Lotus Elise Sport 135: PH Fleet


What could be more tragically ironic than spending seven years of Elise ownership yearning for off-street parking outside my front door, only to close in on this goal with the looming prospect of having to sell the Lotus to fund it. First world problems and all that, but I'm sure many of you have been forced to liquidate a pride and joy to make one of life's more responsible upgrades. And it probably hurt.

Oh yes, and the Porsche 911 in question
Oh yes, and the Porsche 911 in question
Fortunately, the sums seem to have worked in my favour, and it looks like the Elise can stay. That said, I came close enough to the classifieds to realise just how much it's got under my skin over the years.

So, if all goes well, the Elise will soon have its own six metres squared of concrete to sit on, which is probably the most significant upgrade I've bestowed on it in my tenure, and while very exciting from my perspective, intensely dull to the rest of you. So I'm going to mention something that's sure to get the pulse racing; Singer. And, no, not the one that can deliver a precision overlock stitch.

A few weeks ago I got to experience the ultimate unicorn. The re-imagined made very real, parked right outside my office, and entrusted to the hands of a very good friend.

Whichever way you slice it, there's no escaping the potent desirability of a Singer. Whether the particular commission you are lucky enough to see and touch in the flesh is to your particular taste is irrelevant; the sheer beauty draws you in like a traction beam. And because the shape is so familiar, so iconic, you can allow yourself to be drawn in by one of the tantalizing details - the machined Perspex engine cover, the brushed aluminium wing mirrors, the beautifully dished Fuchs rims, the... well you get the idea - without feeling like you're losing sight of the outline. And then you slowly shuffle around its perimeter, visually joining the dots between these features, while the owner, or in this case custodian, shoots regular glances at his watch.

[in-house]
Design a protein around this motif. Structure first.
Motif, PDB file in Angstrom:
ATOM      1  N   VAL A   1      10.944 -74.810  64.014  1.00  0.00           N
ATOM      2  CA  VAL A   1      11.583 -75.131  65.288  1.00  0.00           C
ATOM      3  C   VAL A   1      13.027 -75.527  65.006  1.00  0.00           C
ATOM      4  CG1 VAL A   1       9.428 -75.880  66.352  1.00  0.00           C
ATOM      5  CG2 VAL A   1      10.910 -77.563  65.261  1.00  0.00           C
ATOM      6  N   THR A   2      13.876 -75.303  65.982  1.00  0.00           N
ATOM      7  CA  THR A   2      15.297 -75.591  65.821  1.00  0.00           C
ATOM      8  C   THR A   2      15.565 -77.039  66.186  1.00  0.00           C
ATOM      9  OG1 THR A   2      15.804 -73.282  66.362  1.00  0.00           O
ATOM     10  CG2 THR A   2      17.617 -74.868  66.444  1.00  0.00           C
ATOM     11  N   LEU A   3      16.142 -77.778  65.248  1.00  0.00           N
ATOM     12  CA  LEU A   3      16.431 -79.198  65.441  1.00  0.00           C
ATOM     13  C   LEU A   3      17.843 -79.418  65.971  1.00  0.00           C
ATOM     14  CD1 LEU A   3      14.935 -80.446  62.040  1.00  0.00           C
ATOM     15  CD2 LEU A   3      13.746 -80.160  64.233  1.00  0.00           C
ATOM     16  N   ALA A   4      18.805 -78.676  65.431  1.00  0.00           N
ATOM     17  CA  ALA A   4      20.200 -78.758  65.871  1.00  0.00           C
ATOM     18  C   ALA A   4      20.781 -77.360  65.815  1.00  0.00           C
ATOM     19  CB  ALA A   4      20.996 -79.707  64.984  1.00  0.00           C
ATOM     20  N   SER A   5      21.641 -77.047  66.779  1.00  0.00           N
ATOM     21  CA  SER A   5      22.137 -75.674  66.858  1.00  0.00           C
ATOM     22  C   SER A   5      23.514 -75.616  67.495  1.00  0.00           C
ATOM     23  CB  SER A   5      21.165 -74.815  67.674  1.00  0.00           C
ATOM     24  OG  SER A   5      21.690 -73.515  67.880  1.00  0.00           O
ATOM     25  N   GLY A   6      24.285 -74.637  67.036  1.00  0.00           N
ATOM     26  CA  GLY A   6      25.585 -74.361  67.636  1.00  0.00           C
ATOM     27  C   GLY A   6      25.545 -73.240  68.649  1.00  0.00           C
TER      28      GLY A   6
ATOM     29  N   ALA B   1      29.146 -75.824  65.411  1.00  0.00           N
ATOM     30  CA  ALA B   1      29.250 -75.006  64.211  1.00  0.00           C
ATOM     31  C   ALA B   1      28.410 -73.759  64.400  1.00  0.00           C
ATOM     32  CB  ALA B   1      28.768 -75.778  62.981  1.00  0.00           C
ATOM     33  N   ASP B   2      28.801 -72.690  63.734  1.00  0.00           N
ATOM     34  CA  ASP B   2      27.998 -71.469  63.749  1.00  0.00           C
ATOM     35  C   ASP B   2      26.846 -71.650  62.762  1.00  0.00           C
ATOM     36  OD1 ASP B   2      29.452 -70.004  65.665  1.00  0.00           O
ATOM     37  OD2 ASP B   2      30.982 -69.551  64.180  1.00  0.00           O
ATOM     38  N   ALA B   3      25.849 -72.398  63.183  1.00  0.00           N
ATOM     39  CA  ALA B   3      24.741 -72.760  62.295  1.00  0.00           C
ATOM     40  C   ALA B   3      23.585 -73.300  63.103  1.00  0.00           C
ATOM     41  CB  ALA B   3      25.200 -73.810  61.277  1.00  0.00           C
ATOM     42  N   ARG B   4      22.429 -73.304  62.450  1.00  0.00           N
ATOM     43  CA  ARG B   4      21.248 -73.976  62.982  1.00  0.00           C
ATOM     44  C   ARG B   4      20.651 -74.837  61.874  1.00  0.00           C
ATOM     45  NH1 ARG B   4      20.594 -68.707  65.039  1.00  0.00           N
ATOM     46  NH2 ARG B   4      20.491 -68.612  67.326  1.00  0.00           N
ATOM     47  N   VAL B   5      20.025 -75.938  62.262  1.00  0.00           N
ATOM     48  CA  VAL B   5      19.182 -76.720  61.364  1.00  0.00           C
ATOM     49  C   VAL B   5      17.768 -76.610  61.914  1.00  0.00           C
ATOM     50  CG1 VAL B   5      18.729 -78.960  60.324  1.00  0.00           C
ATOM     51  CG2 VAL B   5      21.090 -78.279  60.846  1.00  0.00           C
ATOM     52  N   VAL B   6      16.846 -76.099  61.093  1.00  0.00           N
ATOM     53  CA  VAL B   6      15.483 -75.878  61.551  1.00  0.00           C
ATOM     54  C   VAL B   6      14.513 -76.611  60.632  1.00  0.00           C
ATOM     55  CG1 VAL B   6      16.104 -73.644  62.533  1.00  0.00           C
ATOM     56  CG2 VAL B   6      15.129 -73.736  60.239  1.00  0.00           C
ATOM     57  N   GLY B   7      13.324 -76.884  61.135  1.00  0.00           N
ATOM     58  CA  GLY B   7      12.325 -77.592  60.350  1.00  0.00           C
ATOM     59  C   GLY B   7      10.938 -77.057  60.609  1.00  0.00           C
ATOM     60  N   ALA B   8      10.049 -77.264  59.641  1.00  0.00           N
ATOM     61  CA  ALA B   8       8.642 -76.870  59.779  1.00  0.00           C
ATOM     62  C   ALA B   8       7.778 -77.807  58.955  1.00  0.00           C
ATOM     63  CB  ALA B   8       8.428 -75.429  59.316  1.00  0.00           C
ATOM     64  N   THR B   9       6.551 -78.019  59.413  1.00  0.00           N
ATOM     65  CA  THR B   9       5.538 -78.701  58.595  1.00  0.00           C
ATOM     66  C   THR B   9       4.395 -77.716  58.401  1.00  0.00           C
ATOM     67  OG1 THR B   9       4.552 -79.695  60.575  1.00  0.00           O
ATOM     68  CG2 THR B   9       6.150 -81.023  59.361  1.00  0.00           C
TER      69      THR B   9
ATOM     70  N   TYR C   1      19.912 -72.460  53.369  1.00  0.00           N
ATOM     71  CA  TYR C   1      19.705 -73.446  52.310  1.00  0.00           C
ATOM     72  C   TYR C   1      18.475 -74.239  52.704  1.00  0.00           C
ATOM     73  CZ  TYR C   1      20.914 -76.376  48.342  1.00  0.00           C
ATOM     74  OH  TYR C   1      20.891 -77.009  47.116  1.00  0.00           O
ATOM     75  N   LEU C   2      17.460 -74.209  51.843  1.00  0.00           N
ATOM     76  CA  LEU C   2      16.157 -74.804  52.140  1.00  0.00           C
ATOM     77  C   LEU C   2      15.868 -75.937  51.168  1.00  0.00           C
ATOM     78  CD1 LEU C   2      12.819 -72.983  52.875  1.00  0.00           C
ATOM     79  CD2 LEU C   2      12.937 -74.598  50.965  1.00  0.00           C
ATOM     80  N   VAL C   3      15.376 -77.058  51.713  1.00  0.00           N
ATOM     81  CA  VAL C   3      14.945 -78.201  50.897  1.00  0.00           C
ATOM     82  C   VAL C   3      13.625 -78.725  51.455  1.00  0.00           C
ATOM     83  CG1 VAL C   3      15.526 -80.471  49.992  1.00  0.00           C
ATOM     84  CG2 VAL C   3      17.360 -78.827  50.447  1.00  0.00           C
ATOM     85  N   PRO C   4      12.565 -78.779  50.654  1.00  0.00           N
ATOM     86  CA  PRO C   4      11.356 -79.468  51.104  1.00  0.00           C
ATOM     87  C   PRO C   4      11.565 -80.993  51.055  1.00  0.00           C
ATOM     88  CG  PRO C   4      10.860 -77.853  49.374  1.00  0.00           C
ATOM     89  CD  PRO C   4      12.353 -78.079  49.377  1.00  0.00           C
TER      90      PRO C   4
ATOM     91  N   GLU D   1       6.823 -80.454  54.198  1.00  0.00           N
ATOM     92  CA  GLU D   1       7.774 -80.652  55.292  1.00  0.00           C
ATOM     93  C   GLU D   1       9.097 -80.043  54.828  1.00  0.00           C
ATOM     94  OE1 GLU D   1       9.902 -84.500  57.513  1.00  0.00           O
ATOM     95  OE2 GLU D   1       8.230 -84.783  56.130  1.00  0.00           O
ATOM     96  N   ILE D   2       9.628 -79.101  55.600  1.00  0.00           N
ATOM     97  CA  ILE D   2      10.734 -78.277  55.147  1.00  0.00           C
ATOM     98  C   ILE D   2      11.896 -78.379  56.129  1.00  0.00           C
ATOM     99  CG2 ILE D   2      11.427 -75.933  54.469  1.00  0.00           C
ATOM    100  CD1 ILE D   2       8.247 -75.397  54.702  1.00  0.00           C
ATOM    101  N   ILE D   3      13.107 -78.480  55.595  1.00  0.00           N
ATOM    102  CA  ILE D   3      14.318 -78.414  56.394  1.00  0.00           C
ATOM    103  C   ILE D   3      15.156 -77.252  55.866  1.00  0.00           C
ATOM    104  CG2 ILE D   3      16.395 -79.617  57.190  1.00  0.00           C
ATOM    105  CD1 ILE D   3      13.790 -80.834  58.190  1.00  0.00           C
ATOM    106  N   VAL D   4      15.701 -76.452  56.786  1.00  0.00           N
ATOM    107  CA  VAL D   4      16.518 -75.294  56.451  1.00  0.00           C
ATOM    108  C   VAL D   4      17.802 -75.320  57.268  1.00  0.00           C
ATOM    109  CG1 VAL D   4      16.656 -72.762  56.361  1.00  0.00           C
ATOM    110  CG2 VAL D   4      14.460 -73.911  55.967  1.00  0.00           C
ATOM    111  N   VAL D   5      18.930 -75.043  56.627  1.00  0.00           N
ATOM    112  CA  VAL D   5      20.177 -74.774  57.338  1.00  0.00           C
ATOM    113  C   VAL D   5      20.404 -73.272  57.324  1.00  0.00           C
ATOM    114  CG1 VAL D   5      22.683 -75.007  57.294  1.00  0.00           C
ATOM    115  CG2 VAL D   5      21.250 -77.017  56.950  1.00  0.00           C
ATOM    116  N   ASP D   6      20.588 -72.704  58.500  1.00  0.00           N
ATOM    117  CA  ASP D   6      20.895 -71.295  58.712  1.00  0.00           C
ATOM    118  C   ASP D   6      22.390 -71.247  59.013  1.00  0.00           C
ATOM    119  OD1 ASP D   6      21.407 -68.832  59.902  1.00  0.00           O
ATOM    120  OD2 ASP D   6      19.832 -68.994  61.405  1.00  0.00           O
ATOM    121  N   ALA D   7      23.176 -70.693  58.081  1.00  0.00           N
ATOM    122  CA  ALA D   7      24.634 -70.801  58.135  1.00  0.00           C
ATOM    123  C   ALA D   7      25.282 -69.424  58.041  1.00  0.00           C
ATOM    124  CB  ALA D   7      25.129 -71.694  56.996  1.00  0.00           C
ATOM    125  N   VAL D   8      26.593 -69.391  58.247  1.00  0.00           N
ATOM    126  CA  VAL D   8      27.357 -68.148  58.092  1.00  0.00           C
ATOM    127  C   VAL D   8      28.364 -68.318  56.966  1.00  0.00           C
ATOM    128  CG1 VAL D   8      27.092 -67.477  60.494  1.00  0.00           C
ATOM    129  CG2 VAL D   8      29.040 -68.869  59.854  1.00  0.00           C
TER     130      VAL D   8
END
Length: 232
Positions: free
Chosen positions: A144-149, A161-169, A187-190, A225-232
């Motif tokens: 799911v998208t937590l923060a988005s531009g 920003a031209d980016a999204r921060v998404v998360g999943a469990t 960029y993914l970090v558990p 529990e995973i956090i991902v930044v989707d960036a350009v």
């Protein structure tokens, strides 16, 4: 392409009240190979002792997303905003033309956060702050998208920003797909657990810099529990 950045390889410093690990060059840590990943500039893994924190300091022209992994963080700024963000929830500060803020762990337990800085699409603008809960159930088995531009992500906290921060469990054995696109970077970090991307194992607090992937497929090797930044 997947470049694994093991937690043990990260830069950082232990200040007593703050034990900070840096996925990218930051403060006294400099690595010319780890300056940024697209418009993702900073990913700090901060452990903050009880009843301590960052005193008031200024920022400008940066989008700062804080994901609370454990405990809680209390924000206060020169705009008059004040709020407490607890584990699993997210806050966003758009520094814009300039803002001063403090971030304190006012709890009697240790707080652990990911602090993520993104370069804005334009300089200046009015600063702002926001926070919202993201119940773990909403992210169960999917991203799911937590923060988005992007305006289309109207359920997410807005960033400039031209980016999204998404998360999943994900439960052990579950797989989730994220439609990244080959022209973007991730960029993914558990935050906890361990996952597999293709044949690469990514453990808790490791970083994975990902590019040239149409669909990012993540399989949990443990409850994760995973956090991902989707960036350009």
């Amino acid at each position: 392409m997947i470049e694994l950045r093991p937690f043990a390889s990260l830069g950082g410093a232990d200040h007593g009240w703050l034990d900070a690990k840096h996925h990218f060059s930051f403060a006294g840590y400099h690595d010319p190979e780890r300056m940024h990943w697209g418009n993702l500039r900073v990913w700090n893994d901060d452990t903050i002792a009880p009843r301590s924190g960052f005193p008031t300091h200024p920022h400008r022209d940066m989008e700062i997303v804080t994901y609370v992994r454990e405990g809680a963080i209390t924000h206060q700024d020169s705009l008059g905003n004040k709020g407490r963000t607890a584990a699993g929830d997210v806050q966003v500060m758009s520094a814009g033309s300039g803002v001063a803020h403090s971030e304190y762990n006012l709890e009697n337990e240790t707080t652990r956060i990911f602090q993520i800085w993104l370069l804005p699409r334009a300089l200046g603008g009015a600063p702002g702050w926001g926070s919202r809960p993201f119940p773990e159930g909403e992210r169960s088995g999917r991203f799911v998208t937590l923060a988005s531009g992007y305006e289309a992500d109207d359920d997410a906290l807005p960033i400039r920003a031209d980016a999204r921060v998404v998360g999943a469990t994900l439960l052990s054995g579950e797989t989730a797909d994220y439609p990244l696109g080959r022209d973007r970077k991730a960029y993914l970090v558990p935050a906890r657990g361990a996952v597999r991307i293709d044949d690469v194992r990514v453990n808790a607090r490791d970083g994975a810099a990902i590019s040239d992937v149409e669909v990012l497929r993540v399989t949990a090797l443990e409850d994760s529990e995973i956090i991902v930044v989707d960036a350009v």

Not a Singer, but lovely details abound
Not a Singer, but lovely details abound
Heaven help you if they open the engine bay, because that's another hour gone, and then, if you're lucky enough to be beckoned inside, you descend into the most perfect Recaro buckets, surrounded by upholstery that's somehow both luxurious yet honest. And your eyes sweep across the period radio to the stubby ball-topped gear lever and simple, slim-rimmed, three-spoke steering wheel, before descending to the delicate CNC pedals.

To look at it is to nourish the eyes, but to ride in it, even sitting in the wrong seat, is to allow the levels of want to spiral out of control. Sadly my ride was just a brief taster, but what I took away was that air-cooled background thrum, a hint of transmission whine, a responsive, inertia-free flywheel, a lack of mass and a car that demands a certain level of competence from its driver.

All of which is unapologetic indulgence, I grant you, but there is also a point to it. Throughout the experience, I couldn't help drawing parallels with something much closer to home; the humble S1. Yes there are numerous, obvious differences, and I don't mind if you think I've taken leave of my senses here, but metaphorically squint a little and essentially you've got two lightweight, manual, effectively rear-engined sports cars that are unequivocally driver-focused.